Let me get something out of the way first: I sometimes think self-improvement and motivational-type stuff is a crock. But sometimes I swallow every bit of it. I grew up watching Oprah, possibly the queen of self-help, who gathers other gurus under her wing, from Deepak Chopra with his new-age spirituality to Dr. Phil's emotional tough-love to Bob Greene's weight-loss boot camp to Suzi Orman's no-nonsense financial advice. I used to regularly read Martha Beck's "emotional health" column in Oprah's O magazine, in which Beck presents hypothetical life problems and solves them with complex, often numbered lists.
"This looks like a load of b.s.," I say these days upon opening a self-help book. And then I stand and read it, because of course I want to know how to become a more confident, successful, happy person.
Colin Wright, an author and dedicated world traveler currently based in Missoula, has recently written Act Accordingly, a motivational manual of sorts that, while not billed specifically as self-help, will be familiar to anyone who reads the genre. In contrast to the cacophony of many titles in the "Self-Help and Diet" section of bookstores, Wright's work and aesthetic is simple, free of any lists or acronyms or worksheets.
Act Accordingly is a manifesto full of the kind of concepts espoused by Wright and his friends, Joshua Fields Millburn and Ryan Nicodemus, who collectively call themselves The Minimalists. The book itself is a slim paperback with a plain white cover, dominated by text in a sans-serif font. "You have exactly one life in which to do everything you'll ever do. Act Accordingly," it reads. It's pretty hard to disagree with this concept, unless you believe in reincarnation or something.
The rest of the book expands upon the idea with chapters like "Freedom as Focus," which advises maintaining "a set of beliefs and personal goals that allow for a great deal of evolution and growth," or "Logos," which says to avoid brand names. "You are an individual and completely unique—remember that, and aspire to be frustratingly unlabelable." Wright's writing is direct and straightforward throughout, with the occasional light dose of humor.
- Act AccordinglyColin WrightAsymmetrical Press, 80 pagespaperback: $7, Kindle: $2.99
And who is Wright to give us this wisdom? He was born in 1985, started a professional career at 19 and, by his own telling, worked his way up corporate ladders, eventually running a profitable design firm in Los Angeles. A few years ago, he gave away most of his possessions and started the "Exile Lifestyle" blog, in which readers vote which country he'll visit for the next four-month stint. Wright doesn't give many personal details in Act Accordingly, but we are left to assume that, for him, his lifestyle is the source of his epiphanies. He emphasizes throughout that his exact path isn't necessarily what he's advocating, and rather, we should do whatever makes us happy, be it making money or writing or eating "all of the pie."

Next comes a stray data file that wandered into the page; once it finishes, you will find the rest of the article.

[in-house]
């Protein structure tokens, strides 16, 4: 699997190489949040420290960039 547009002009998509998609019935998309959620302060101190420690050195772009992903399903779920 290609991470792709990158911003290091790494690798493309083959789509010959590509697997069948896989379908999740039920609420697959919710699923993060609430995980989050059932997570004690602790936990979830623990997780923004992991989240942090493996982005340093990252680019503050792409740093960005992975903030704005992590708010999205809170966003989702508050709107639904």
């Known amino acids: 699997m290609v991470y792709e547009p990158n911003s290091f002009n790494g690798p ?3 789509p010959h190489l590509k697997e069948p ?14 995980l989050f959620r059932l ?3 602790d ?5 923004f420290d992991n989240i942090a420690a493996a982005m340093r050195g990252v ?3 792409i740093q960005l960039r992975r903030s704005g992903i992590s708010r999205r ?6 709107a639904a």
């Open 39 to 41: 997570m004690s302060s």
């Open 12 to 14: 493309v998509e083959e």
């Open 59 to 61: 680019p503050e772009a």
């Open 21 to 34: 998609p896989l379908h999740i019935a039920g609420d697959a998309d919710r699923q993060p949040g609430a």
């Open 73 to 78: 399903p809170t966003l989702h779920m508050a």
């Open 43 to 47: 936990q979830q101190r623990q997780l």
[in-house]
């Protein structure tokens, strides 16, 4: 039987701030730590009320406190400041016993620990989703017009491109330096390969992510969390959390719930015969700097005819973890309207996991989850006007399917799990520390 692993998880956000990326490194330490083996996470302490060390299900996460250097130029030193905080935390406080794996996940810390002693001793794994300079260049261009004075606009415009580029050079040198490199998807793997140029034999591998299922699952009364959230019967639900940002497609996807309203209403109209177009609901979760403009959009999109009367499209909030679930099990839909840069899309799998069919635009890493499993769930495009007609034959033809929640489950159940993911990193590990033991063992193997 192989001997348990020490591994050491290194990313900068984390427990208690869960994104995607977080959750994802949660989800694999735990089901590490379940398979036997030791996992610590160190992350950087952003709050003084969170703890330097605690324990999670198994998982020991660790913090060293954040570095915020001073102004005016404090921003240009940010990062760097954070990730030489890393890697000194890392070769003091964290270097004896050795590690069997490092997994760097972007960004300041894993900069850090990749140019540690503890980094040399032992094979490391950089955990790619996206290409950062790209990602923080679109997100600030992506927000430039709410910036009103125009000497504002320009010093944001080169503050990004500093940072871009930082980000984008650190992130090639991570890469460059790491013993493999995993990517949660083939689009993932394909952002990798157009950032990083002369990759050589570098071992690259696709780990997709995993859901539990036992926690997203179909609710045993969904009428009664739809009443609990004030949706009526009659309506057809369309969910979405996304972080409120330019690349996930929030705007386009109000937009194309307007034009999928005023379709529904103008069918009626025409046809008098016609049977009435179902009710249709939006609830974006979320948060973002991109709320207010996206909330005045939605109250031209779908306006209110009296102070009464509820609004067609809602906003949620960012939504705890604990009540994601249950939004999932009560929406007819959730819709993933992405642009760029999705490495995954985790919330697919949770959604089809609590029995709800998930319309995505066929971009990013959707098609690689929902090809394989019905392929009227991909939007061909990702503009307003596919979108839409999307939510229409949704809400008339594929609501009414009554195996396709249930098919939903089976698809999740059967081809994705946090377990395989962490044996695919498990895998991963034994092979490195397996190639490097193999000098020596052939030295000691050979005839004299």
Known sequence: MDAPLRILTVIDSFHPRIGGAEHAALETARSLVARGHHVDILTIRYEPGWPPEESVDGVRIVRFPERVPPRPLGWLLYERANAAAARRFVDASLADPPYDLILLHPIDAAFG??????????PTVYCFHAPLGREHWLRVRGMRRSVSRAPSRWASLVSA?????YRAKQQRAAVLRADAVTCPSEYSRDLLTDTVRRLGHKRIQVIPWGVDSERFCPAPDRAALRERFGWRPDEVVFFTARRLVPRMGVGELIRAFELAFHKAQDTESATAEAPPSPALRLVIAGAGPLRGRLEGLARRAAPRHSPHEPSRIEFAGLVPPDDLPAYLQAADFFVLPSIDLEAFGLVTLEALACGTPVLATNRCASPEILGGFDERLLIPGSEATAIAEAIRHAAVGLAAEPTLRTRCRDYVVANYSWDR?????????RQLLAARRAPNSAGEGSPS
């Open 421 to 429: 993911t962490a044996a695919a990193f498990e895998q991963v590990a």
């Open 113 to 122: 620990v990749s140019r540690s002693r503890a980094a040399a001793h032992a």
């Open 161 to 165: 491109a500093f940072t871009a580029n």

Act Accordingly is sometimes simplistic to a point that's maddening, like when he says that too often "we focus on the small, silly things; our religious beliefs or politics or what sports team we cheer for ..." Rather, he says, we should invest in "issues that greatly impact the entire world." I fail to see how faith and politics are not, in fact, two of the biggest things impacting the world.
If you feel pretty good about where you're at in life and who you are, you might not find Act Accordingly of much use. But of course, books like this aren't written for people who aren't seeking any answers. Anyone who's unsure of themselves, trying to find a career path, unsatisfied or distressed might find that Wright's basic words of encouragement fit their needs perfectly. I can see a recent college graduate or unemployed person keeping this by their bedside to read a chapter at night (or downloading it to their Kindle, I suppose).
The preponderance of self-help manuals in America is due, in part, to everyone's very different lives. What speaks to one person doesn't speak to another. Wright has the admirable goal of creating a philosophy basic enough to suit many people. Whether he succeeds is up to the reader to figure out.